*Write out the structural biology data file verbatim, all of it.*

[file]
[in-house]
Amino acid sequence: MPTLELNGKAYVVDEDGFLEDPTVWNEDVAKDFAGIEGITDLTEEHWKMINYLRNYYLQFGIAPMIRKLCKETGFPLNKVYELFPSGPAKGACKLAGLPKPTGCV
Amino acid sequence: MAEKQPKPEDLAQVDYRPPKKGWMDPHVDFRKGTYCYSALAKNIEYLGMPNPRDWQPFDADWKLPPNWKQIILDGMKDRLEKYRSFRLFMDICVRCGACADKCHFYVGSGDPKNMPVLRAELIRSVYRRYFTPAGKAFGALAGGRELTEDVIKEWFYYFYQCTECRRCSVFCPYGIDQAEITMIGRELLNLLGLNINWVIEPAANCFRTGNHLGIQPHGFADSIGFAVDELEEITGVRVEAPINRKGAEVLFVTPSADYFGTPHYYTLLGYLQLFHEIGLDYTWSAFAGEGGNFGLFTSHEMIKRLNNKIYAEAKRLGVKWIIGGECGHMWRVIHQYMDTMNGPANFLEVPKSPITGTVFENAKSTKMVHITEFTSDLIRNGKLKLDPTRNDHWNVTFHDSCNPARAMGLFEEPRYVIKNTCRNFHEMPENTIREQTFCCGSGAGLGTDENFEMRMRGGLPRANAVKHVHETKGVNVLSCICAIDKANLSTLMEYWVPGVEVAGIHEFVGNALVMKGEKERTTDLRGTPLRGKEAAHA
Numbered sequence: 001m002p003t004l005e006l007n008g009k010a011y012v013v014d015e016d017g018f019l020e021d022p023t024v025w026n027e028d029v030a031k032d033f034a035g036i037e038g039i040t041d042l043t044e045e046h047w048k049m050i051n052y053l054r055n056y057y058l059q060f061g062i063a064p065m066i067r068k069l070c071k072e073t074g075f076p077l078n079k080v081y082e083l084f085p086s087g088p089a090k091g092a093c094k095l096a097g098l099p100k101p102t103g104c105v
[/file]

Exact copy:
[in-house]
Amino acid sequence: MPTLELNGKAYVVDEDGFLEDPTVWNEDVAKDFAGIEGITDLTEEHWKMINYLRNYYLQFGIAPMIRKLCKETGFPLNKVYELFPSGPAKGACKLAGLPKPTGCV
Amino acid sequence: MAEKQPKPEDLAQVDYRPPKKGWMDPHVDFRKGTYCYSALAKNIEYLGMPNPRDWQPFDADWKLPPNWKQIILDGMKDRLEKYRSFRLFMDICVRCGACADKCHFYVGSGDPKNMPVLRAELIRSVYRRYFTPAGKAFGALAGGRELTEDVIKEWFYYFYQCTECRRCSVFCPYGIDQAEITMIGRELLNLLGLNINWVIEPAANCFRTGNHLGIQPHGFADSIGFAVDELEEITGVRVEAPINRKGAEVLFVTPSADYFGTPHYYTLLGYLQLFHEIGLDYTWSAFAGEGGNFGLFTSHEMIKRLNNKIYAEAKRLGVKWIIGGECGHMWRVIHQYMDTMNGPANFLEVPKSPITGTVFENAKSTKMVHITEFTSDLIRNGKLKLDPTRNDHWNVTFHDSCNPARAMGLFEEPRYVIKNTCRNFHEMPENTIREQTFCCGSGAGLGTDENFEMRMRGGLPRANAVKHVHETKGVNVLSCICAIDKANLSTLMEYWVPGVEVAGIHEFVGNALVMKGEKERTTDLRGTPLRGKEAAHA
Numbered sequence: 001m002p003t004l005e006l007n008g009k010a011y012v013v014d015e016d017g018f019l020e021d022p023t024v025w026n027e028d029v030a031k032d033f034a035g036i037e038g039i040t041d042l043t044e045e046h047w048k049m050i051n052y053l054r055n056y057y058l059q060f061g062i063a064p065m066i067r068k069l070c071k072e073t074g075f076p077l078n079k080v081y082e083l084f085p086s087g088p089a090k091g092a093c094k095l096a097g098l099p100k101p102t103g104c105v